Try Russian Chevron Chain

Russian chevron chain isn't quite the same as the chevron stitch you might be familiar with from the work of Designer of the Year Melanie Potter, but it's a fast and easy way to make lovely beaded bracelets and necklaces. While it more closely resembles St. Petersburgh chain in its construction, Russian chevron is a delightful bead-weaving stitch that can be modified in dozens of ways to suit any taste or project!

To get started with Russian chevron, all you need are three different colors of seed beads (A, B, and C) in size 11/0. Once you learn the basic thread path, try substituting Czech fire polished beads, round glass druks, or crystal bicones for some fun variations. If you want to begin by making a bracelet, choose a fun button for your clasp or closure.

Begin by cutting a comfortable length of thread. (About 5' is enough to make a bracelet for your first experiments with this stitch.) String a stop bead in the center of the thread. (Note: You can also work this base using a two-needle technique.)

Pick up 5A and 1B. Repeat until you have reached your desired length. Measure your button, and make a loop at the end large enough to slip over the button. Pass back through the last B added, and through the next 3A.
Thread a needle on the other side of the thread and remove the stop bead. Pick up 1B and 10A. Pass back through the 1B to form a loop.
To work the second side of the base, pick up 5A and pass through the next B in the base.
Repeat until you get to the clasp loop. Pass through all the beads in the clasp loop, and then back through the B at the base of the loop. Continue through the first 3A on the opposite side of the base. (You should have two working threads, one on each side of your base.
To begin adding your side embellishments, pick up 7C and pass through the bead you exited at the beginning of this step, plus the next bead.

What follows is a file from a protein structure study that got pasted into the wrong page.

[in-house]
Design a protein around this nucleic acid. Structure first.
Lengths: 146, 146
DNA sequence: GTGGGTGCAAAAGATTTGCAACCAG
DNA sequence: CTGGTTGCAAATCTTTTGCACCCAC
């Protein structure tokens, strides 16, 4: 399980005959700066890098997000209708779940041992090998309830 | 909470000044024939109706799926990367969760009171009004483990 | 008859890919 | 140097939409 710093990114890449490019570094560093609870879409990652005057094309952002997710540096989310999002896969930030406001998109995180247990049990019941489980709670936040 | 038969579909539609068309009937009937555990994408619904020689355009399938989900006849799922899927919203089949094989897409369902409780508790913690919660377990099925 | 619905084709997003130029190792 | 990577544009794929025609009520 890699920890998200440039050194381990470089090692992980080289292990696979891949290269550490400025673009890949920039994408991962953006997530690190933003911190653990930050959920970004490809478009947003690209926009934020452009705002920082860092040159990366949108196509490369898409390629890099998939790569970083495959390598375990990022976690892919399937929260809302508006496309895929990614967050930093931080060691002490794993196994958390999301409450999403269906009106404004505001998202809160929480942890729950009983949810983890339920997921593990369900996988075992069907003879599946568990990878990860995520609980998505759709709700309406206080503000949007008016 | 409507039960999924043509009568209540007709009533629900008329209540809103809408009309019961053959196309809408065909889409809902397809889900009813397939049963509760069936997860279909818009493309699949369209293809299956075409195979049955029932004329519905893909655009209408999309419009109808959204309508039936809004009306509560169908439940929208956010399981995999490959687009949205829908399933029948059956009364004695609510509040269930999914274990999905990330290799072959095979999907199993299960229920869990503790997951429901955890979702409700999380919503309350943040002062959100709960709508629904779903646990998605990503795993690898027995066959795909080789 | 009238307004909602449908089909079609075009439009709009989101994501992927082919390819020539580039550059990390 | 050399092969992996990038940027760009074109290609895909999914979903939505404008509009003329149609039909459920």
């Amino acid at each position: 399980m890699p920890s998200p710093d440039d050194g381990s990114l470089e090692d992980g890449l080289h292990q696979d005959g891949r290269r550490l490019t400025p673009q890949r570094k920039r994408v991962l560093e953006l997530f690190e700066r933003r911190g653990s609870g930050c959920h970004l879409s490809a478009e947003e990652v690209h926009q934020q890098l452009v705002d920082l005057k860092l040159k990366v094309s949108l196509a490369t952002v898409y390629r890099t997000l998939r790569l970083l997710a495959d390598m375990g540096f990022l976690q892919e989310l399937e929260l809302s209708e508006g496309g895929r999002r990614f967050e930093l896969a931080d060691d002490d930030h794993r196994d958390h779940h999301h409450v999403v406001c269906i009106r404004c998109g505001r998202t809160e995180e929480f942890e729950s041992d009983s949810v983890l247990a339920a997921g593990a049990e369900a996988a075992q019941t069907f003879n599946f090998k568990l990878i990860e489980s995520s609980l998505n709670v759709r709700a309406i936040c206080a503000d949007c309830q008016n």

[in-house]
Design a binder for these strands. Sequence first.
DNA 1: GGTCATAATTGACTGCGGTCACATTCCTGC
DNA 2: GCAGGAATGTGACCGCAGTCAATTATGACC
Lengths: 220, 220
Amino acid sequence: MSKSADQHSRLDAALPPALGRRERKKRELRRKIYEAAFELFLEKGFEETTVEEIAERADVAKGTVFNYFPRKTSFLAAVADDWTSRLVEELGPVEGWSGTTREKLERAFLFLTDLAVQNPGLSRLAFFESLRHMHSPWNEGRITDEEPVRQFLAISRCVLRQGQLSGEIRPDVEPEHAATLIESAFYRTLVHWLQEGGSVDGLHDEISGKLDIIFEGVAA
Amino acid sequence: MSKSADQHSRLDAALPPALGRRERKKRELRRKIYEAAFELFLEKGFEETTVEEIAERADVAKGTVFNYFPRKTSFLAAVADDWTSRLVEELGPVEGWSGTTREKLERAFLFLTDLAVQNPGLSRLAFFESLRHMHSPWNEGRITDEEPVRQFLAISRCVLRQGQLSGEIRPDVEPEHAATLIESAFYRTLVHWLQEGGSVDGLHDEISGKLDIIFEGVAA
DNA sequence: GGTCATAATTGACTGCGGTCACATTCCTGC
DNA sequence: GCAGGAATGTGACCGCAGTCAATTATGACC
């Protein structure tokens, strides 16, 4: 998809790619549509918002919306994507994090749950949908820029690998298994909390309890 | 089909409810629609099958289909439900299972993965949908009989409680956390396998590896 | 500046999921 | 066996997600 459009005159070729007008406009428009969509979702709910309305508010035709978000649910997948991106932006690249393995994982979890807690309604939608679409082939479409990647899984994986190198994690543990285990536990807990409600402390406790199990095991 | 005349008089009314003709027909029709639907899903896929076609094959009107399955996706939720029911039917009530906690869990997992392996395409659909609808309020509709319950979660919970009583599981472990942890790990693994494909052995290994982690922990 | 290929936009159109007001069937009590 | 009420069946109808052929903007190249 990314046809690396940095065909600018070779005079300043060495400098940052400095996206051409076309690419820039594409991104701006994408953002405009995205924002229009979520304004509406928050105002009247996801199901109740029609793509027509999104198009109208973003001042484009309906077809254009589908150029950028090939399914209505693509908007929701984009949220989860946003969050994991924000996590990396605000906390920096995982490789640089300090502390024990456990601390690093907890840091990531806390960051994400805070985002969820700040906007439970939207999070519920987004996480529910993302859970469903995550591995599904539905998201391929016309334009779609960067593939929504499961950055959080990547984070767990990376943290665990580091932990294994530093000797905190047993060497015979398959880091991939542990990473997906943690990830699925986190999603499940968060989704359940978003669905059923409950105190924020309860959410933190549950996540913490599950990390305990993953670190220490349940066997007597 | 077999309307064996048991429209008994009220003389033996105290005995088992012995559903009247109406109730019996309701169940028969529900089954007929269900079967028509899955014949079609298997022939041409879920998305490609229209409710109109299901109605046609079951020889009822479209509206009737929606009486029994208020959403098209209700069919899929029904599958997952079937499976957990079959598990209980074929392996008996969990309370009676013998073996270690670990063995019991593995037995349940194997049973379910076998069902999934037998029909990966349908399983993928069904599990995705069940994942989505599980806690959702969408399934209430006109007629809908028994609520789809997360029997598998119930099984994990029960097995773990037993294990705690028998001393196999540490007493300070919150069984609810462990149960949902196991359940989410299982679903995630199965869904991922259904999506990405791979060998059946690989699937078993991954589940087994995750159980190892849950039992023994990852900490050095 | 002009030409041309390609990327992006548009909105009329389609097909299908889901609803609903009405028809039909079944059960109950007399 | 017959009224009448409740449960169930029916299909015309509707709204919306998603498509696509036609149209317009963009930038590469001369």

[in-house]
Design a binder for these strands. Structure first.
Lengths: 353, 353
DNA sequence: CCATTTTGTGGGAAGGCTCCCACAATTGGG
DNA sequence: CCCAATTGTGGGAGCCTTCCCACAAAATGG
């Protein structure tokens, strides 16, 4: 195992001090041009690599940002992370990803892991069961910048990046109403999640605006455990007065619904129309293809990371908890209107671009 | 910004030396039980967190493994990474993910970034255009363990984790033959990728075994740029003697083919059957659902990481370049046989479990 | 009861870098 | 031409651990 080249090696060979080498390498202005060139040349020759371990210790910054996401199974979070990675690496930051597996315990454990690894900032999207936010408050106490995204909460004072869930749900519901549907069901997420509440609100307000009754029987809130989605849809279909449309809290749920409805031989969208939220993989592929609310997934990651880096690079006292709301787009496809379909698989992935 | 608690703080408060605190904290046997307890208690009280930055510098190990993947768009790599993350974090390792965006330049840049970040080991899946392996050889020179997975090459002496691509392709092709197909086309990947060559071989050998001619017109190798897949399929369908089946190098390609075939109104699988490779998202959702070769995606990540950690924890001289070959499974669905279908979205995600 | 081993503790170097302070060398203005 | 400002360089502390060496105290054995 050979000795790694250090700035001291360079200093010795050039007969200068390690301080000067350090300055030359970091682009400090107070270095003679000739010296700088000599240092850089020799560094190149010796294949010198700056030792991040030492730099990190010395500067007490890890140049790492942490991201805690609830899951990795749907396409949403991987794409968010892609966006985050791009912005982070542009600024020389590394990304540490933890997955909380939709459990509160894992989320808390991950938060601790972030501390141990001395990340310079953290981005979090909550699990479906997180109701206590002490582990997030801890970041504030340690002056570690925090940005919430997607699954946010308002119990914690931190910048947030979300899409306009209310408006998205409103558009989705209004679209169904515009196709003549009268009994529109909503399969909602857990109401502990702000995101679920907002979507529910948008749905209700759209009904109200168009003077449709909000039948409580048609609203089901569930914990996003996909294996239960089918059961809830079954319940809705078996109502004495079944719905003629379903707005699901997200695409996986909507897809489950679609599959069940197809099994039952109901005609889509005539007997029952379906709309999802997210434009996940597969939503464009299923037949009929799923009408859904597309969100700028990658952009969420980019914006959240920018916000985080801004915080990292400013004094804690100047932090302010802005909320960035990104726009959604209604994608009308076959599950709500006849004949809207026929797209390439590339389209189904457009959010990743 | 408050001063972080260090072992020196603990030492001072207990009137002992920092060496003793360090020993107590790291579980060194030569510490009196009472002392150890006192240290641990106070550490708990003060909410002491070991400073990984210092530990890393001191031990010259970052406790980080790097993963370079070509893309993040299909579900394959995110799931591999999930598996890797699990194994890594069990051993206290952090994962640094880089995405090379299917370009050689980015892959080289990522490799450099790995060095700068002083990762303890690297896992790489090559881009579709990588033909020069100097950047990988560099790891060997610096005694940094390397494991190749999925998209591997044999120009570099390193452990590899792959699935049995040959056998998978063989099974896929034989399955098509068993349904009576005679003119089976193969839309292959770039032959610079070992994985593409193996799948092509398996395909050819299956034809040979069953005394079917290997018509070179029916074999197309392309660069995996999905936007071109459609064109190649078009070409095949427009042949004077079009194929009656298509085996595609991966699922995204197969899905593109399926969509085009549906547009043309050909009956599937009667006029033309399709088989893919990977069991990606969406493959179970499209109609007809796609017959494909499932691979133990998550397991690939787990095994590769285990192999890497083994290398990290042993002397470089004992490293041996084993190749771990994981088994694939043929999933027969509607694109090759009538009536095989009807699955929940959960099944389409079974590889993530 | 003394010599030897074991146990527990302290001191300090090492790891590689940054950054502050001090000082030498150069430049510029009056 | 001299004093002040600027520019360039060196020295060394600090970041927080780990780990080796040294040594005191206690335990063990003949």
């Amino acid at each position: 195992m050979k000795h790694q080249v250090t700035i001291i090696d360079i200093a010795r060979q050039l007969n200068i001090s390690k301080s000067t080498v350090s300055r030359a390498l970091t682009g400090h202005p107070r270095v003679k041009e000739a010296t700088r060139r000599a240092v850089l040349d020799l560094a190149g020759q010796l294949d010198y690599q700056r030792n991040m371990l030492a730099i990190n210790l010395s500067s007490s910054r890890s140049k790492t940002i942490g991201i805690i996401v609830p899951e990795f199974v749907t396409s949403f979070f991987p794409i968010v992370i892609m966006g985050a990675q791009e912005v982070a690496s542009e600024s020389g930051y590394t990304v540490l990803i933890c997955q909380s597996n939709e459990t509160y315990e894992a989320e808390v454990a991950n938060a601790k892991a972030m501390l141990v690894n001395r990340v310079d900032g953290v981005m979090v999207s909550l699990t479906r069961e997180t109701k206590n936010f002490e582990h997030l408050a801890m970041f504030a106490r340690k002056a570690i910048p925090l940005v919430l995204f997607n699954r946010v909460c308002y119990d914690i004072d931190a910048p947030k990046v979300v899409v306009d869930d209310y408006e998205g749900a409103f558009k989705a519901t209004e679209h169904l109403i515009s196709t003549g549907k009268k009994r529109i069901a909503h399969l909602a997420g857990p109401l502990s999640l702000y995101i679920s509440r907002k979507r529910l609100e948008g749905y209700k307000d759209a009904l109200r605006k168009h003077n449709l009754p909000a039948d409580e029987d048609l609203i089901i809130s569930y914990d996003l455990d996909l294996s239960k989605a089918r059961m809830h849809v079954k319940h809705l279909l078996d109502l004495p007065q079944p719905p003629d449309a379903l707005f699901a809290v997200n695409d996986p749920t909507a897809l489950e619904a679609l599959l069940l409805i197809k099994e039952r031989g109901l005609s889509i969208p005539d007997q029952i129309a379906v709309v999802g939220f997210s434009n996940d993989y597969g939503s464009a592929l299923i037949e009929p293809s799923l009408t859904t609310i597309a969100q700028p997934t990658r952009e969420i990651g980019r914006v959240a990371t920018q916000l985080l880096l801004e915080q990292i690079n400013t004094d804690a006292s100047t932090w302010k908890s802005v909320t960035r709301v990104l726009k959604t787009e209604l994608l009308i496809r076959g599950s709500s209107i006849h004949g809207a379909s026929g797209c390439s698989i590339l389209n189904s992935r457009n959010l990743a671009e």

Pull snugly to form a little loop. Pass your needle down through the last 3 beads added in the previous step. Pick up 1B, and pass through the center bead in the next unit of the base. Pull snugly to bring the embellishments up towards the next unit, and repeat.
You might notice your Russian chevron pulling to one side as you add embellishments to the first side. Keep your embellishments snug, but not too tight. When you add embellishments on the second side, keep your tension snug as you did on the first side, and the beadwork will form a flat chain. If you need to, you can use your fingers to smooth out your Russian chevron chain as you stitch.

Want to learn more about stitching chevron chain? If you're new to this fun, versatile bead-weaving stitch, I can highly recommend Bead Stitching Chevron Chain with Melanie Potter. When I'm learning a new bead-weaving stitch like chevron chain, it helps for me to be able to see it demonstrated by a real person. Learn how to stitch flat, tubular, and circular chevron chain, along with other creative variations of this bead-weaving stitch. Best of all, you can download your copy of Bead Stitching Chevron Chain with Melanie Potter on your favorite desktop or laptop computer and be watching and beading in just minutes!

Have you worked with Russian chevron chain before? Do you know anything about the origins of this bead-weaving stitch? Leave a comment here on the Beading Daily blog and share your knowledge, tips, and techniques with us!

Bead Happy,


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